FIG. 13 is an XPS spectrum illustrating the results of using titanium as a substrate. The results of the XPS analysis of the annealed cathodes showed that some titanium had diffused to the top of the cathode, causing inter-diffusion difficulties. However, the signal was far less than those seen when a cathode current collector was not used (Example 1).

It was determined that the zirconium material need not be analyzed because the formative of the cathode current collector layer in this embodiment would only be a greater improvement over the positive results discussed in Example 1.

TABLE 1
Assignments of the XRD Peaks for Cathode/Zr Over Substrate
Diffraction Relative
Angle d-spacing Intensity Assignment
24.35 3.652  6 ZrO2(110)
28.52 3.127 100  ZrO2(−111)
30.59 2.92   2
31.73 2.818  4 ZrO2(111),Zr(100)
34.49 2.598 51 ZrO2(200),Zr(002)
36.16 2.482 24 Zr(101)
41.15 2.192  5
45.73 1.983 23
48.00 1.894 11 Zr(102)
49.45 1.842  7 ZrO2(220),Zr(110)
50.94 1.791  7
55.77 1.647 28 ZrO2(220),Zr(110)
60.46 1.53   8
62.25 1.49  15 Zr(103)

TABLE 2
Assignments of the XRD Peaks for Cathode/Zr Over Film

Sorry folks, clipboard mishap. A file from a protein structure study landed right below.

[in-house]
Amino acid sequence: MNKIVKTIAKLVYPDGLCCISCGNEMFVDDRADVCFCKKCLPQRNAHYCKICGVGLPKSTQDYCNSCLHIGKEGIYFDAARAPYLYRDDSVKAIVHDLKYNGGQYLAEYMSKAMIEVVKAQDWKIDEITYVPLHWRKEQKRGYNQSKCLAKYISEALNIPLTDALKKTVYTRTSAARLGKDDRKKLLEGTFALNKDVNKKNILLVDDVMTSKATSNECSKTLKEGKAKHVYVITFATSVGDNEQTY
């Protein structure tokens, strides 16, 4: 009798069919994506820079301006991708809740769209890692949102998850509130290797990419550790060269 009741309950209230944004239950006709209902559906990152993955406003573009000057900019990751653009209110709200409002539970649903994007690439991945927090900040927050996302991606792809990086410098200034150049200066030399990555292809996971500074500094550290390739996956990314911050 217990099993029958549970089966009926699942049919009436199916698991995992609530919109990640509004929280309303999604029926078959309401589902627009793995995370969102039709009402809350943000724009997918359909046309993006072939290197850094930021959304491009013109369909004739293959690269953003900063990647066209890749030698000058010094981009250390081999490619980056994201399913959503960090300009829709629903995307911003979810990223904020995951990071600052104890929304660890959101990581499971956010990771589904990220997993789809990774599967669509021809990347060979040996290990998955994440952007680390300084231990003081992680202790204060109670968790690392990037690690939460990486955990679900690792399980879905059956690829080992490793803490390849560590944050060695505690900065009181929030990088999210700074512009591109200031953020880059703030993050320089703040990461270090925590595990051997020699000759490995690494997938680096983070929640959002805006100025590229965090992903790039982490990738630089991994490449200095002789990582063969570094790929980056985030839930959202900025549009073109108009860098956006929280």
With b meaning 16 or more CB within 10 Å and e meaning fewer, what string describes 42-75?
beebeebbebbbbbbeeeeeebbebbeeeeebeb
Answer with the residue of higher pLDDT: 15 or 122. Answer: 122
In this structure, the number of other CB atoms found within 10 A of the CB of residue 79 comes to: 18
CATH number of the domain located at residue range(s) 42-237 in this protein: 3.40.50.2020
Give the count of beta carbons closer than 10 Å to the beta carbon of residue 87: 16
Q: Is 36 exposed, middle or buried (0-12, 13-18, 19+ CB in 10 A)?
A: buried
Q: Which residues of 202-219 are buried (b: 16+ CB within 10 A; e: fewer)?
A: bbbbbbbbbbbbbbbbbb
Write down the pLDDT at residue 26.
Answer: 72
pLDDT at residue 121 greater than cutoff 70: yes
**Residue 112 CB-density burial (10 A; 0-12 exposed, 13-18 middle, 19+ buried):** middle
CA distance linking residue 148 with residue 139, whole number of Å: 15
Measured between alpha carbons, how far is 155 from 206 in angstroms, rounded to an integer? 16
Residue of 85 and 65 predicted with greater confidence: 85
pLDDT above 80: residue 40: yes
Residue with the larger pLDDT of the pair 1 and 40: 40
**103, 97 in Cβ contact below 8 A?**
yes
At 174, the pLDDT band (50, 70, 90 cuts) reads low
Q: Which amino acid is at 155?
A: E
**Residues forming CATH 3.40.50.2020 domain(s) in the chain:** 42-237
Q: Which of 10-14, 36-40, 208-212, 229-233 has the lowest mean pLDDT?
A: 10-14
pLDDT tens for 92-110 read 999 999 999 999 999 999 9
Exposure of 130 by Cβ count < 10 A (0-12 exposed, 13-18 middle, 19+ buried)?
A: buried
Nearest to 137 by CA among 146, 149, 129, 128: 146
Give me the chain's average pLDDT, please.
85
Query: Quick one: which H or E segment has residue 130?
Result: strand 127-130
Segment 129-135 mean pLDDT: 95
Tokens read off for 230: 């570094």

Diffraction Relative
Angle d-spacing Intensity Assignment
17.63 5.025  5 LiCoO2(003)
24.35 3.653  7 ZrO2(110)
28.56 3.123 100  ZrO2(−111)
34.5  2.597 68 ZrO2(200),Zr(002)
36.21 2.479 30 Zr(101)
37.78 2.379 18 LiCoO2(101)
39.35 2.288  4
41.15 2.192  7
45.74 1.982 34
48.05 1.892  7 Zr(102)
49.42 1.843  8
50.93 1.791  9
55.8  1.646 40 ZrO2(220),Zr(110)
60.41 1.531 13

Table 3 illustrates measured specific energies of the present invention using various substrate materials for high-power and low-power applications. The LiCoO2 layers in rows 1 and 2 illustrate high-power applications, and the LiMn2O4 in rows 3 and 4 illustrate low-power applications. Column 1 illustrates the specific energies of the layered components of the present invention over a ceramic substrate having a thickness of 5 mil. Columns 2 and 3 illustrate the specific energies of the layered components of the present invention over zirconium substrates of 2 mil and 1 mil thicknesses, respectively. In this regard, it is believed that annealing methods may be developed that do not affect the metal substrate, thereby allowing the use of lighter metals having lower density, such as, for example, aluminum and titanium, to increase the specific energies disclosed below. Column 4 illustrates the specific energies of the layered components of the present invention over a typical density (1.5 gm/cm3) of polymeric substrate having a thickness of 1 mil.